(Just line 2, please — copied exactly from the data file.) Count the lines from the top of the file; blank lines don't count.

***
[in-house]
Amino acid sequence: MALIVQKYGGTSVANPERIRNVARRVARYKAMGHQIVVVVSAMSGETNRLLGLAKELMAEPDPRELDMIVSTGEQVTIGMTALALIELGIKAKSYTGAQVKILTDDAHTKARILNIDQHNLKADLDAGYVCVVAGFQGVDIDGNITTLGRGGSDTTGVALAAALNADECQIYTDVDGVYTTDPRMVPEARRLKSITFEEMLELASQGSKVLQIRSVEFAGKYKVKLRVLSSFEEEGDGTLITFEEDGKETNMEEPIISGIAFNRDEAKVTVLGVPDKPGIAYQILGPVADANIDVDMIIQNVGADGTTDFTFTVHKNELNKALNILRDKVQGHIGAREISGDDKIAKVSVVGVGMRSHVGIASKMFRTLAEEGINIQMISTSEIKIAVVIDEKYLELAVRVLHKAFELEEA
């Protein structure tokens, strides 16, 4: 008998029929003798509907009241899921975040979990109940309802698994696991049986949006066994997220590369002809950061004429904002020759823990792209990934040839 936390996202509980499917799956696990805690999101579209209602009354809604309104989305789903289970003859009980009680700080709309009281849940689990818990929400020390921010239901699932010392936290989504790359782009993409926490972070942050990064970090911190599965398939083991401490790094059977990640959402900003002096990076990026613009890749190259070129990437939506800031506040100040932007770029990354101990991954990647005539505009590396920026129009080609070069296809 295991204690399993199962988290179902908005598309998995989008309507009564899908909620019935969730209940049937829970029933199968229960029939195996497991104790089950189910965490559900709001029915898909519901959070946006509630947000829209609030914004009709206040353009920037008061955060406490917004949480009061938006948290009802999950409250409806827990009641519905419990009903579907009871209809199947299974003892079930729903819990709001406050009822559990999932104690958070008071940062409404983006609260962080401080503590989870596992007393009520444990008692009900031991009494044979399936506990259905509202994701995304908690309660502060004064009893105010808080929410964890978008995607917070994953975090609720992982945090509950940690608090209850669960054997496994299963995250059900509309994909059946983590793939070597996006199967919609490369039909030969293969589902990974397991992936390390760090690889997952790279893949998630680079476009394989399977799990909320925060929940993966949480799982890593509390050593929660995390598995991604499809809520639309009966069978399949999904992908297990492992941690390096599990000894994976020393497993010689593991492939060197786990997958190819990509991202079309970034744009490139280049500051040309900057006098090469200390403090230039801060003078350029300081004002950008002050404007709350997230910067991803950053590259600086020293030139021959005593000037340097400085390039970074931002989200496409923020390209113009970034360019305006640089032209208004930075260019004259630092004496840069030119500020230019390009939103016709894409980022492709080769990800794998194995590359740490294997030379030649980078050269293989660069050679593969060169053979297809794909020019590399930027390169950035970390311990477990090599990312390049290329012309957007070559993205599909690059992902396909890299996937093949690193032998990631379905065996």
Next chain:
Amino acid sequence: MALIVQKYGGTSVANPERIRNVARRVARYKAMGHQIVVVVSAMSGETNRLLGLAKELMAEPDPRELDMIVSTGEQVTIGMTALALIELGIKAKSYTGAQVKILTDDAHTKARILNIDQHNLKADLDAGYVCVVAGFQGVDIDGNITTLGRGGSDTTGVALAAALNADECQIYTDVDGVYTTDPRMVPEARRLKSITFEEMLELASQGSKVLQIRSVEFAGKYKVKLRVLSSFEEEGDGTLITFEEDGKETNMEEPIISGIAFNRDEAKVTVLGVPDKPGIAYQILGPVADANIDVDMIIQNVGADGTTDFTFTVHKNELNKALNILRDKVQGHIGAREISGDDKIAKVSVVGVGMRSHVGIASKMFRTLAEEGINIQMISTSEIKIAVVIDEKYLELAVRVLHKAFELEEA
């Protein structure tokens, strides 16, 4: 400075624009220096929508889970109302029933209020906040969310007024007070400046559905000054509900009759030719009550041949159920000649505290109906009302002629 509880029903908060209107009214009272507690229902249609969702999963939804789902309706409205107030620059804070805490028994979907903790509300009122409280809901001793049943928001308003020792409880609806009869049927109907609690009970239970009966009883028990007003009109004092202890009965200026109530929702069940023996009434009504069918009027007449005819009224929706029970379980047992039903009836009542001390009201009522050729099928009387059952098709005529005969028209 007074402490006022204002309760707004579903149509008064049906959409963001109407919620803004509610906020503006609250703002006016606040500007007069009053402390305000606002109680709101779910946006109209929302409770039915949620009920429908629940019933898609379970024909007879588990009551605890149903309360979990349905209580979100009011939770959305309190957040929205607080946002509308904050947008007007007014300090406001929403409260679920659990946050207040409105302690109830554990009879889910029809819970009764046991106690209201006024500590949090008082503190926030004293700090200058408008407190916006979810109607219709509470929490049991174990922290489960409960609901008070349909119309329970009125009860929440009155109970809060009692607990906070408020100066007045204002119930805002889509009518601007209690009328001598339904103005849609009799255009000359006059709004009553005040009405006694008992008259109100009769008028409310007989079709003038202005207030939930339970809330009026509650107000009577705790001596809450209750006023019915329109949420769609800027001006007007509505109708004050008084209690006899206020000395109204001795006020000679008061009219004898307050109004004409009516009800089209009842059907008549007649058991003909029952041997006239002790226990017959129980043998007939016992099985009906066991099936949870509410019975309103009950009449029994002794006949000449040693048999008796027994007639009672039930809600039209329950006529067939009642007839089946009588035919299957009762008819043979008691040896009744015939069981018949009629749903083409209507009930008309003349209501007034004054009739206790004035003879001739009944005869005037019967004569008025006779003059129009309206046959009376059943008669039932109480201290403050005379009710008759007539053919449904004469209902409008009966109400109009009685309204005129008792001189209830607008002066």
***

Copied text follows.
Amino acid sequence: MALIVQKYGGTSVANPERIRNVARRVARYKAMGHQIVVVVSAMSGETNRLLGLAKELMAEPDPRELDMIVSTGEQVTIGMTALALIELGIKAKSYTGAQVKILTDDAHTKARILNIDQHNLKADLDAGYVCVVAGFQGVDIDGNITTLGRGGSDTTGVALAAALNADECQIYTDVDGVYTTDPRMVPEARRLKSITFEEMLELASQGSKVLQIRSVEFAGKYKVKLRVLSSFEEEGDGTLITFEEDGKETNMEEPIISGIAFNRDEAKVTVLGVPDKPGIAYQILGPVADANIDVDMIIQNVGADGTTDFTFTVHKNELNKALNILRDKVQGHIGAREISGDDKIAKVSVVGVGMRSHVGIASKMFRTLAEEGINIQMISTSEIKIAVVIDEKYLELAVRVLHKAFELEEA